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How does cristallizable rubber use mechanical energy to deform?

Abstract : Strain-induced crystallization (SIC) is responsible for the hysteresis loop observed in the mechanical response of Natural Rubber (NR). The present paper aims at determining the physical origin of such mechanical energy dissipation. For that purpose, temperature variations are measured by using infrared thermography during cyclic uniaxial tensile tests at ambient temperature. Heat sources (heat power densities) produced or absorbed by the material due to deformation processes are deduced from temperature fields by using the heat diffusion equation. Energy balance performed for each deformation cycle shows that crystallization/melting process does not produce intrinsic dissipation. The crystallization/melting process dissipates mechanical energy without converting it into heat. Hence, the whole dissipated mechanical energy corresponds to energy used by the material to change its microstructure. The demonstration that NR is able to dissipate mechanical energy without converting it into heat explains its ability to resist the crack growth and the fatigue loading.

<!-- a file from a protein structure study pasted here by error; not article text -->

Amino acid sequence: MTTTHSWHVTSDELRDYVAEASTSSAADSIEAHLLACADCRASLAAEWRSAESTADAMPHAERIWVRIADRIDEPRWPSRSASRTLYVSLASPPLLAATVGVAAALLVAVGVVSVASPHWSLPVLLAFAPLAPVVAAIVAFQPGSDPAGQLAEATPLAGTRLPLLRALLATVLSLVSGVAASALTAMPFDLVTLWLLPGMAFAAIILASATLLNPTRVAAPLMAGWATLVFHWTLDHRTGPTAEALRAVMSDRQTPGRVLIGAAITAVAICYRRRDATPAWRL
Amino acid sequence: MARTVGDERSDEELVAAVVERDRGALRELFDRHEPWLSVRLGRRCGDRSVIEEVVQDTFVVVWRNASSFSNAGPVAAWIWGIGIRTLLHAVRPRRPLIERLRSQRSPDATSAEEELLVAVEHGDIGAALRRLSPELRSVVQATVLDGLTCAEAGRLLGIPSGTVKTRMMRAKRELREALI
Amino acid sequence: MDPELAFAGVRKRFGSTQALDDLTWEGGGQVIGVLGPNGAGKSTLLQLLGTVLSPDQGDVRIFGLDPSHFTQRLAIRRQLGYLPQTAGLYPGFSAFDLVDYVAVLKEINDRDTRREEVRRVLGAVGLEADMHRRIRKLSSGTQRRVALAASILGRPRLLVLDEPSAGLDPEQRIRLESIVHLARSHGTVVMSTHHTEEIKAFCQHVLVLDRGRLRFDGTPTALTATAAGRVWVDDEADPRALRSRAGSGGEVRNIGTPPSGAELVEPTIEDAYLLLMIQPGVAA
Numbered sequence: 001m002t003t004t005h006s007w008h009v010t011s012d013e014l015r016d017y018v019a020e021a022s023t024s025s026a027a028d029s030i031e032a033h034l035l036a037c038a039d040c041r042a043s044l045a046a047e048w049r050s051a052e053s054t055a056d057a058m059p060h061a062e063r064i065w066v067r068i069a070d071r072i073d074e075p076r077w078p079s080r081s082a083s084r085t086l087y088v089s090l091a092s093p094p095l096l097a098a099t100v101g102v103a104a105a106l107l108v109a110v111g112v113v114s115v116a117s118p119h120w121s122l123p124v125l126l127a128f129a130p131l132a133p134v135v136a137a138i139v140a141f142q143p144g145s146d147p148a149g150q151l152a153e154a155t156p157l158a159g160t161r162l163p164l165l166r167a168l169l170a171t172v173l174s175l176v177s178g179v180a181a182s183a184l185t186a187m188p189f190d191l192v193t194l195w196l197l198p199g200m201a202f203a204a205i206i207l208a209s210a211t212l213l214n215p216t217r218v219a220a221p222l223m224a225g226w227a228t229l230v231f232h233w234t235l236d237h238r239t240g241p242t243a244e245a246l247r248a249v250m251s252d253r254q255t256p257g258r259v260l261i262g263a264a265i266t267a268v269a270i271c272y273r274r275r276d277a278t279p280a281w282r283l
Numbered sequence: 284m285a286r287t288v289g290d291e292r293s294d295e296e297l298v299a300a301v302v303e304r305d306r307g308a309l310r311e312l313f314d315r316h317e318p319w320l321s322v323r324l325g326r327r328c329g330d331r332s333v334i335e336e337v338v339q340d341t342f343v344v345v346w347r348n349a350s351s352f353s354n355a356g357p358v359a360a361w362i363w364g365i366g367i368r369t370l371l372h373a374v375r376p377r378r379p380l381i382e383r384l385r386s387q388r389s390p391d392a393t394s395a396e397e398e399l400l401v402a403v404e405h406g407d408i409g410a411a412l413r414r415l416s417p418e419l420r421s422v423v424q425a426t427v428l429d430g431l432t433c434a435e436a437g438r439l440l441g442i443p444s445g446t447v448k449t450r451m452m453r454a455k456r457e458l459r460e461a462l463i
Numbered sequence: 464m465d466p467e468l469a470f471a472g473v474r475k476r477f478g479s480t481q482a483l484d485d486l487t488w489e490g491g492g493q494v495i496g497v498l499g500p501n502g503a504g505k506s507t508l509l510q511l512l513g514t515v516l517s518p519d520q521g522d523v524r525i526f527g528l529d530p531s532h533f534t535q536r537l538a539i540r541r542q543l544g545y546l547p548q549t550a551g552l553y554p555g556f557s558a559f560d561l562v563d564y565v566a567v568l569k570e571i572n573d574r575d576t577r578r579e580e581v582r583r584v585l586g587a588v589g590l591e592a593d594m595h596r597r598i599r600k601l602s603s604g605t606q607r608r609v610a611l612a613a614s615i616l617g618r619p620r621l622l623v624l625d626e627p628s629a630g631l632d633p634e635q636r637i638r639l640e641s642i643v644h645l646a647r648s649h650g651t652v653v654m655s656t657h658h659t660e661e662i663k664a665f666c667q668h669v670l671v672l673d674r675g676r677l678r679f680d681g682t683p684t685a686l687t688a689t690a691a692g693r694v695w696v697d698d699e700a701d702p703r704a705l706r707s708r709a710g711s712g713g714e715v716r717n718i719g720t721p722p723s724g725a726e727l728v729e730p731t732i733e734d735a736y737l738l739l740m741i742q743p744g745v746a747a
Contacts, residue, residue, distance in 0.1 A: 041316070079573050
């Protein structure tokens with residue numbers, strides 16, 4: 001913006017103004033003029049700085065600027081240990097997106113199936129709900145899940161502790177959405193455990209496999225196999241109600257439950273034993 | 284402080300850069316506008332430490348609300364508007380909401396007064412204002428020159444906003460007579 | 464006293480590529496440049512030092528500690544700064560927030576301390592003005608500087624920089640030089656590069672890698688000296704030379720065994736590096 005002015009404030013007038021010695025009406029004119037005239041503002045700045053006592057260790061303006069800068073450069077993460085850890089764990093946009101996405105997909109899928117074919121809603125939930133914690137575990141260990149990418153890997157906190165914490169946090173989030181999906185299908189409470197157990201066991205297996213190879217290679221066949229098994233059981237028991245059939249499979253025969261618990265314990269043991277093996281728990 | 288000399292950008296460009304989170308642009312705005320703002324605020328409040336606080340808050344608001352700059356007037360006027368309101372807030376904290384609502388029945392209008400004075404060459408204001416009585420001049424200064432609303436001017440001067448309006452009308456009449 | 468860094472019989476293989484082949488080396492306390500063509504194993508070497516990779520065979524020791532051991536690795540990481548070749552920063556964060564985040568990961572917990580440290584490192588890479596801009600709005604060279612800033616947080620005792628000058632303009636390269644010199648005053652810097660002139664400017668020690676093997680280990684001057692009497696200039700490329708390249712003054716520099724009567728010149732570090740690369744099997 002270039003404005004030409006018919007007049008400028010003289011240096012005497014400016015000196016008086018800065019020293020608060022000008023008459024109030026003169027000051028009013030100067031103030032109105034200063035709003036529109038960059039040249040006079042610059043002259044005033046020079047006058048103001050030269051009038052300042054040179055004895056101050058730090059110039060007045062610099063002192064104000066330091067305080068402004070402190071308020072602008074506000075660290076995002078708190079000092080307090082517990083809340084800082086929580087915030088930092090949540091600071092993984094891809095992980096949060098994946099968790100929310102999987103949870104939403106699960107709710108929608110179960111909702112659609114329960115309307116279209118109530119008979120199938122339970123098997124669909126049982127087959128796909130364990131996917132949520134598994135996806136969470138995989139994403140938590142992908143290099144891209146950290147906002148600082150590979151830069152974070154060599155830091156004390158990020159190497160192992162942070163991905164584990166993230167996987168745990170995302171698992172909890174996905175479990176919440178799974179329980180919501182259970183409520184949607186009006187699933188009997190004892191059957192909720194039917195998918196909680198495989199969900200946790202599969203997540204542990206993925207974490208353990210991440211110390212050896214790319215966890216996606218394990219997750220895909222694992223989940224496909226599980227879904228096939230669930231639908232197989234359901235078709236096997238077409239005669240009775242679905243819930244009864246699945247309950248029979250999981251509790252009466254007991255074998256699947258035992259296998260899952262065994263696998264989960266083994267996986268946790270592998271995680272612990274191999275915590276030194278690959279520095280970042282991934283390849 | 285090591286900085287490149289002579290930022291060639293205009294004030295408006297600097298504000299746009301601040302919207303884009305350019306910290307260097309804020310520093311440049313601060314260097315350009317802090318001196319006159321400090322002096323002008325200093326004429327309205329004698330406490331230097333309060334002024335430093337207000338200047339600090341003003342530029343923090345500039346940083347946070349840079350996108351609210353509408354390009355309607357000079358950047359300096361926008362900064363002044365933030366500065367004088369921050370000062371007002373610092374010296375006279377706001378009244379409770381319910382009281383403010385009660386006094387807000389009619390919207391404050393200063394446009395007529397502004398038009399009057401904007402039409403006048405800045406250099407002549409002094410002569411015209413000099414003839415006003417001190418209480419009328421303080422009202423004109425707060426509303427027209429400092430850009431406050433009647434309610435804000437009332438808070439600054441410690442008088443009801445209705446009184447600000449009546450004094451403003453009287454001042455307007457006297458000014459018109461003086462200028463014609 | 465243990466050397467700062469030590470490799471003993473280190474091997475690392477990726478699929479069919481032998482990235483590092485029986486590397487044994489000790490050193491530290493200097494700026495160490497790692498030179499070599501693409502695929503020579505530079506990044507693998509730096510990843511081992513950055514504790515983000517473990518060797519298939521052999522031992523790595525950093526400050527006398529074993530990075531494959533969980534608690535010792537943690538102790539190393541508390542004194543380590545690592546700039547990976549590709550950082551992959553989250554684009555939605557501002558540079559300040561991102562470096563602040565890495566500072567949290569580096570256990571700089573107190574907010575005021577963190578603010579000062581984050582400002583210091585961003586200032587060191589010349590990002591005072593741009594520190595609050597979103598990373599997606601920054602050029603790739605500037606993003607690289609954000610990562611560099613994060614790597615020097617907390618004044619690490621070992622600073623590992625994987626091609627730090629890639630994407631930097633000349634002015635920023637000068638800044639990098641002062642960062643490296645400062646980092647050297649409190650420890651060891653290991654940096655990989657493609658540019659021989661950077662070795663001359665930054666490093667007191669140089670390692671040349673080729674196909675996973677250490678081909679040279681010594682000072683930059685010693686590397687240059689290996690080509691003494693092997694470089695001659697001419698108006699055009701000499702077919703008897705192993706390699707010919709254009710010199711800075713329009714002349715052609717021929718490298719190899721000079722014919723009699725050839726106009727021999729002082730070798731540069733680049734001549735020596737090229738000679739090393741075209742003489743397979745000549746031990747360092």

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Jean-Benoit Le Cam. How does cristallizable rubber use mechanical energy to deform?. Annual Conference and Exposition on Experimental and Applied Mechanics, Jun 2017, Indianapolis, United States. pp.37-42, ⟨10.1007/978-3-319-62899-8_6⟩. ⟨hal-01681196⟩

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